Section Menu

Trip Preparation & Planning

When getting ready to schedule your next trip, be sure to use the following safety guidelines to help ensure a safe and enjoyable excursion:

Pre-Trip Planning

  • Know the waters to be paddled. River and coastal guide books and topographic maps are valuable references in trip planning. Plan alternate routes
  • Set-up a shuttle. Calculate the distance and time. Consider stops and a lunch break, along with put in and take out locations
  • Equipment - What you take with you on a trip is all that you have to survive and rescue yourself. This includes water, food, maps and charts, rescue equipment and extra clothes
  • File a Float Plan with someone who will notify others if you don't return on time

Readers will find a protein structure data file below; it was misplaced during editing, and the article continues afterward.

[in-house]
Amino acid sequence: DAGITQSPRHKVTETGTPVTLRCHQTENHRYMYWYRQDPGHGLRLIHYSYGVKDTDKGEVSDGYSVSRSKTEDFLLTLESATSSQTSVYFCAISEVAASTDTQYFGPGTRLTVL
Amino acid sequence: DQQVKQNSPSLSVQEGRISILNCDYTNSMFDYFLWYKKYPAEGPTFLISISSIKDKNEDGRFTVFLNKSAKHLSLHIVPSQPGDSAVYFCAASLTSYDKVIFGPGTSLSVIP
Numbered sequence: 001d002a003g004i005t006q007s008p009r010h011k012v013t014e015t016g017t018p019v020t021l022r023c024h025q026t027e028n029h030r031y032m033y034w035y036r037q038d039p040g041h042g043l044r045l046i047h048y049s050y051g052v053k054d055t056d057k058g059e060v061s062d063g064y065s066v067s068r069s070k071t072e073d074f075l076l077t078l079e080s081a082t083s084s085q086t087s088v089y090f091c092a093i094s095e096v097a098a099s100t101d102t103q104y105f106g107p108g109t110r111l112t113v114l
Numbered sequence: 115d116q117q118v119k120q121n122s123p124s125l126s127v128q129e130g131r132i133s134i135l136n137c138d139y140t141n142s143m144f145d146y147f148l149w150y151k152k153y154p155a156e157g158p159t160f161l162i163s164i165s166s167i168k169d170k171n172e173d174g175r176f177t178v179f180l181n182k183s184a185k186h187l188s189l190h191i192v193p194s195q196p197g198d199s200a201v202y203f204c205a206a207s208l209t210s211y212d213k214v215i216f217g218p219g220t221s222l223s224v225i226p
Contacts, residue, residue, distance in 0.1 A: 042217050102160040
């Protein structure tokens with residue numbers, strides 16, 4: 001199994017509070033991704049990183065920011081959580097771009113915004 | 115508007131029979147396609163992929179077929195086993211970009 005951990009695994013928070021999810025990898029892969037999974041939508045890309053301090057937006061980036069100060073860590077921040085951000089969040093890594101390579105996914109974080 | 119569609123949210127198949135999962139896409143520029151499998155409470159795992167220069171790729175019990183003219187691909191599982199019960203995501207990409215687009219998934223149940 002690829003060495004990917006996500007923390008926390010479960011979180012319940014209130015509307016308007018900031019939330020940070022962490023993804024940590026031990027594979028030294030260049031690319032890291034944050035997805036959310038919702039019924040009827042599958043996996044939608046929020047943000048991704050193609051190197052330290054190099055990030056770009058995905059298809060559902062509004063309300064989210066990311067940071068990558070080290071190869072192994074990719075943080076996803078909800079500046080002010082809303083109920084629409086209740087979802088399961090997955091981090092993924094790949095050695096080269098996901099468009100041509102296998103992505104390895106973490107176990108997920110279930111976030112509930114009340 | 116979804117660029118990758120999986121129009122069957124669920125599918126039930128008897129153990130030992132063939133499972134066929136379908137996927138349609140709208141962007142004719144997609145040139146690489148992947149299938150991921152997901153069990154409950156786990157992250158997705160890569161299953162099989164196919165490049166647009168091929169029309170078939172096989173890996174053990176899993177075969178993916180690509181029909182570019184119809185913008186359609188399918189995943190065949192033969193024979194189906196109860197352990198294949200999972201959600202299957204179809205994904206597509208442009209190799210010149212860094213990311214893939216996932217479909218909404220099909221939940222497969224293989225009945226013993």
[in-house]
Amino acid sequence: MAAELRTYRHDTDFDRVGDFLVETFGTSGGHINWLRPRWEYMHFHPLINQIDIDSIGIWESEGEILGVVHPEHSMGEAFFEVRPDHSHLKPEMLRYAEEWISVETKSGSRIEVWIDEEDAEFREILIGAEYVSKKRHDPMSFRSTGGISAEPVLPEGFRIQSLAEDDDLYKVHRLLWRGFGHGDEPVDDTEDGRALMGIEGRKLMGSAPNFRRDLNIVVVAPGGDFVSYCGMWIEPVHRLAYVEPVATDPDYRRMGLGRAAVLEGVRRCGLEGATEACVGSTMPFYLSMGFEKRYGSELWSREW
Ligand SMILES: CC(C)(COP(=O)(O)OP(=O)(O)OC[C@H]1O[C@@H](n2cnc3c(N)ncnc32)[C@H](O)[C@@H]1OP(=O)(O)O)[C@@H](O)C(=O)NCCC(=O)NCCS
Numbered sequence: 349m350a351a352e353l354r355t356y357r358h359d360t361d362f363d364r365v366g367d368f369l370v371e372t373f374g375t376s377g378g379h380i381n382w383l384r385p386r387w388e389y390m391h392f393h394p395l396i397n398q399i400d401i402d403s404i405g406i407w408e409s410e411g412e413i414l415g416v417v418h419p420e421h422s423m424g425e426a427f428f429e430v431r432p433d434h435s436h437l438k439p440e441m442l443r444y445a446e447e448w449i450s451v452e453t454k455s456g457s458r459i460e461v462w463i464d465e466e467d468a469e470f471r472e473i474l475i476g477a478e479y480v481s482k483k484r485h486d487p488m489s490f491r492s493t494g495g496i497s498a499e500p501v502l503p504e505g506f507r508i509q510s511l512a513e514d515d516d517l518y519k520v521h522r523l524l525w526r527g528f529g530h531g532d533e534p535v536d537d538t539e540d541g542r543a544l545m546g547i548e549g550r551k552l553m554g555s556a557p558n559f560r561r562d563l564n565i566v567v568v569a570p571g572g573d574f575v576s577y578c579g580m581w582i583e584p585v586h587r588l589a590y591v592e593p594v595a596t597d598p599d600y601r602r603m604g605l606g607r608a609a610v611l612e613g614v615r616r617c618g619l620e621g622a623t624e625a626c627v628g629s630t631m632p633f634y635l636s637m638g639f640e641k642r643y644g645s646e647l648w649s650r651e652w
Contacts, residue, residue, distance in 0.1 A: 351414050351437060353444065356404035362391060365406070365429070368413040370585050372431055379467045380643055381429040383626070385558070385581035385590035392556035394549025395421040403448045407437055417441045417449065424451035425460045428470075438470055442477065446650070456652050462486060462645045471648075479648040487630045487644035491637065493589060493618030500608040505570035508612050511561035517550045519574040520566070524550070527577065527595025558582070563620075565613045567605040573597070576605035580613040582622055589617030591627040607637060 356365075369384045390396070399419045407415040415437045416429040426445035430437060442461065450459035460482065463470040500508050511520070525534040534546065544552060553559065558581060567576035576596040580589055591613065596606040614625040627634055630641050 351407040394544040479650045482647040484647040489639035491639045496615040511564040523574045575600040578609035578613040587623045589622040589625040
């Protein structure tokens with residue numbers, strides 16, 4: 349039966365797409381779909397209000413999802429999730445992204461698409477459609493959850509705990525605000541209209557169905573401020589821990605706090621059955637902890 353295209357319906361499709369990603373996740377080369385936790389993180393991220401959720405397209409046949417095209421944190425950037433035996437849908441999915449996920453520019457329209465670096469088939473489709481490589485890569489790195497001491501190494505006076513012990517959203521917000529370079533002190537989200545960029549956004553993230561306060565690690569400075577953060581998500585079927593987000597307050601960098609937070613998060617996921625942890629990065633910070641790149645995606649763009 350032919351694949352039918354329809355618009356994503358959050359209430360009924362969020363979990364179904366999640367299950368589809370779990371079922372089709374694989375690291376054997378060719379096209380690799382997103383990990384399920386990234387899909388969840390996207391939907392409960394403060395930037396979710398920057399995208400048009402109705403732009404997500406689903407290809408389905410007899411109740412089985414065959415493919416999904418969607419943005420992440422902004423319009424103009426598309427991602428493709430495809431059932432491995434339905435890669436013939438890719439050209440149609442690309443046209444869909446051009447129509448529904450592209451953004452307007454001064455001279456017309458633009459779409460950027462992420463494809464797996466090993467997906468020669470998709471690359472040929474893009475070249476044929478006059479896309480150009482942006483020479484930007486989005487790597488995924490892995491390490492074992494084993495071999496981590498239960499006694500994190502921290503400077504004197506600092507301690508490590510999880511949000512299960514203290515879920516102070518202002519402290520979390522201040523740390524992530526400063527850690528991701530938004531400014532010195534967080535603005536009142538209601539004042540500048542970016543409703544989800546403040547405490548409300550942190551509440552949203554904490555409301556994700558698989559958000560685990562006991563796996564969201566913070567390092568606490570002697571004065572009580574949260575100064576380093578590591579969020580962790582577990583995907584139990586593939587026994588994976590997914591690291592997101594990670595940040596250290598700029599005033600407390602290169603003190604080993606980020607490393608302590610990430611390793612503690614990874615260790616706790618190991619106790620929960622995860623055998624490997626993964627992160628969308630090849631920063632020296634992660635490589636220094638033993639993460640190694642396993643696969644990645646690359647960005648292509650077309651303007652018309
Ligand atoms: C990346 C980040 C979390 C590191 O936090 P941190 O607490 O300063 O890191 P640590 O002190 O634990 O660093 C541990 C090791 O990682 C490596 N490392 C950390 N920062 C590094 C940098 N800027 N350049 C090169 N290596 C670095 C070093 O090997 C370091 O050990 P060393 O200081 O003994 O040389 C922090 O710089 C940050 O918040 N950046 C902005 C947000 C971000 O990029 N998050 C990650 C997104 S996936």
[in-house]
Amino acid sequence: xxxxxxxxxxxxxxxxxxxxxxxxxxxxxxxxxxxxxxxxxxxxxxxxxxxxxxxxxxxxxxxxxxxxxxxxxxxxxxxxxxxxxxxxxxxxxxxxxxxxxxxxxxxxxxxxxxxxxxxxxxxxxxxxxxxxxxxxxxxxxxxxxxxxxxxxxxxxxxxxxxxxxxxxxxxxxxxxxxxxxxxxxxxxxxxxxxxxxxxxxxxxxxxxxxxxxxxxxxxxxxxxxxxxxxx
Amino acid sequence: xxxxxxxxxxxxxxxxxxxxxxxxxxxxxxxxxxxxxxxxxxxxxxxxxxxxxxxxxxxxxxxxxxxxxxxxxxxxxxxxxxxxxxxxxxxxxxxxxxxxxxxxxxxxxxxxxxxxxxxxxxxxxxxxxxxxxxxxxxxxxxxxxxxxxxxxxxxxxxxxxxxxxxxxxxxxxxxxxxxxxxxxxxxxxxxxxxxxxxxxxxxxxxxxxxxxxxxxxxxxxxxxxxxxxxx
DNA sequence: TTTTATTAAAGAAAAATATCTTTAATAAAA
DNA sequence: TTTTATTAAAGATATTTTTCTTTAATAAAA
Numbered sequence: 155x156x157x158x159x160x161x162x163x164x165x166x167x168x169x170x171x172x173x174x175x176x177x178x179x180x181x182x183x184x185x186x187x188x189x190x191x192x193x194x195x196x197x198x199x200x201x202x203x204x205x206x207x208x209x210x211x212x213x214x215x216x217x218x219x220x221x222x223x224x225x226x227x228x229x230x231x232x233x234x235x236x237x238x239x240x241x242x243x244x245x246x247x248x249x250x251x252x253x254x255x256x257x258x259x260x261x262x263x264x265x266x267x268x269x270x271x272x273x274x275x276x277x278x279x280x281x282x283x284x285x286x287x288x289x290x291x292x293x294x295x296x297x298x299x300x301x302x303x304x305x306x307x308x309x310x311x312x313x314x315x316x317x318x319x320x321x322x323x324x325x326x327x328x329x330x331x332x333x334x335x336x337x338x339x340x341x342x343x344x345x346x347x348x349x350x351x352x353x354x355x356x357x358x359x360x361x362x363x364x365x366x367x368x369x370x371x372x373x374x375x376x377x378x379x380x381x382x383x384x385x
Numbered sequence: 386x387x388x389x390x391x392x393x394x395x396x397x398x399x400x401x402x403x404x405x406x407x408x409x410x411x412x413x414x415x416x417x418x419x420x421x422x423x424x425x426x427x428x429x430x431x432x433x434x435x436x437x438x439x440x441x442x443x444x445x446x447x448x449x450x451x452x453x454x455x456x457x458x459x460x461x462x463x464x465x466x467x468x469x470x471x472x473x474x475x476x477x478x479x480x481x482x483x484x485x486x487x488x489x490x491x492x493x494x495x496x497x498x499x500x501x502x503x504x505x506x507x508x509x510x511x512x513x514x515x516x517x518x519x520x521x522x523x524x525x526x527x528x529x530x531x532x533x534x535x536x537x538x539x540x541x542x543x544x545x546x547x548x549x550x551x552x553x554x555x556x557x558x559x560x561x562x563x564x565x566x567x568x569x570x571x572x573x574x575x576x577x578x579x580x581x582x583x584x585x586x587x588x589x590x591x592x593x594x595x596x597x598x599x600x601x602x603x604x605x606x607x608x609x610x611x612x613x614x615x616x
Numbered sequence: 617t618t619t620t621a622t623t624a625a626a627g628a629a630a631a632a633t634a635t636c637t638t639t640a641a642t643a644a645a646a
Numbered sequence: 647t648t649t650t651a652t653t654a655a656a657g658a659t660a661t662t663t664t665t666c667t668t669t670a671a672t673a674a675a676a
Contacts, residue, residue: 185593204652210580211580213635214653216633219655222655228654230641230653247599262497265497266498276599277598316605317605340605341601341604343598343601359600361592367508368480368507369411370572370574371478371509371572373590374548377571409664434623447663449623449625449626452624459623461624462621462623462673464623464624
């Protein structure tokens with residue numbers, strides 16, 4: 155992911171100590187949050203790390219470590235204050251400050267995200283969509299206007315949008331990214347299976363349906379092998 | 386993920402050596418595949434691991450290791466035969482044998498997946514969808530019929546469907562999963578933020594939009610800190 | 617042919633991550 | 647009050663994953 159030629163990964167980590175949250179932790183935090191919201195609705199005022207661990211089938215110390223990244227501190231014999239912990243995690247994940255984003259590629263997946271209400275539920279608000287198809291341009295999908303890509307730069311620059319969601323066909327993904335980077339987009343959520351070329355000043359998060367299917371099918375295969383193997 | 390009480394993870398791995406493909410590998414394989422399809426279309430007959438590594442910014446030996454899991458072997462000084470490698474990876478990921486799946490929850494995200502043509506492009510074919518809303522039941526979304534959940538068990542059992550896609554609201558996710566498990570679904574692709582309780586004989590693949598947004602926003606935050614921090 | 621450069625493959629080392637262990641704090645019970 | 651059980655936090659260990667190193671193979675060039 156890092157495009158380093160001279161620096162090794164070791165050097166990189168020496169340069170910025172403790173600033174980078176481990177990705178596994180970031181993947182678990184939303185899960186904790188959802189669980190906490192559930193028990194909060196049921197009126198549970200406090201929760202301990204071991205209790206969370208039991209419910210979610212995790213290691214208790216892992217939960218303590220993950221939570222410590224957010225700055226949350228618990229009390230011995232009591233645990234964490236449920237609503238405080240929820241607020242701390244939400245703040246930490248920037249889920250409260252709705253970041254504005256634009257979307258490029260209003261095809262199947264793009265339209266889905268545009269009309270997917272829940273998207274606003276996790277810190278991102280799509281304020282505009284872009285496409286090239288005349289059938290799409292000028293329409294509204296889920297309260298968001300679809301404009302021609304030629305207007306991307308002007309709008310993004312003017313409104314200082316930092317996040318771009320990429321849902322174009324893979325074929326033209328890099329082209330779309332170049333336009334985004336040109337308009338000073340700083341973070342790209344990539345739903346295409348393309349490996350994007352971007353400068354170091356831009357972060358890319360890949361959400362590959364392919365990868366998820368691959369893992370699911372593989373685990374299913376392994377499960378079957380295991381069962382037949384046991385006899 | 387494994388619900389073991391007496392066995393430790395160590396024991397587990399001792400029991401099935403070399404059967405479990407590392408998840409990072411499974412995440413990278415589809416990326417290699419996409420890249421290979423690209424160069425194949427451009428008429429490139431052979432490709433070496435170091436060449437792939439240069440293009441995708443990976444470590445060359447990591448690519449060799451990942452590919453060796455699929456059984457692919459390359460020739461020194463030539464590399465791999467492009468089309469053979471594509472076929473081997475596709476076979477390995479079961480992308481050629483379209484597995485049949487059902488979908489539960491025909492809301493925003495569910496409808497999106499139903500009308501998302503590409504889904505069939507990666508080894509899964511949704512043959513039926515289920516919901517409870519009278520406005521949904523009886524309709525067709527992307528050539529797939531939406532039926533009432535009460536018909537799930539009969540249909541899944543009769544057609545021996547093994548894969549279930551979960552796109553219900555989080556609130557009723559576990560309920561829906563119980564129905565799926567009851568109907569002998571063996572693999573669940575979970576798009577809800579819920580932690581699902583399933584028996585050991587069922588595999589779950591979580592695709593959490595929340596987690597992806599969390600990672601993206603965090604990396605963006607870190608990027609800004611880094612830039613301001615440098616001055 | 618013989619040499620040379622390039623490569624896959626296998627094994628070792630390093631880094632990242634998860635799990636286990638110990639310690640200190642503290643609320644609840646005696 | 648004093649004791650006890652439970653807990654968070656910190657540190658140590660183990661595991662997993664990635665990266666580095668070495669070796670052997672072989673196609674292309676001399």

• Paddle within your, and your group's, abilities and limits

On Water Behavior and Etiquette

  • Be a competent swimmer with the ability to handle oneself underwater, on moving water, and in surf or current
  • Have a properly fitted lifejacket (Personal Flotation Device - PFD), and WEAR IT!
  • Keep the craft under control. Do not enter a rapid unless reasonably sure you can navigate it or swim the entire rapid in case you capsize
  • Keep a lookout for hazards and avoid them. Watch for fog, especially on coastal waters
  • Know your emotional and physical limitations
  • Group members need to constantly assess the behavior of others in their group
  • Respect the rights of anglers and land owners when paddling

Know the Conditions              

For Flat water

  • Remember to watch for water and weather changes - beware of fog
  • Keep an eye out for other boat traffic
  • Pay attention to all safety warnings
  • Be sure you are visible

For Whitewater and Rivers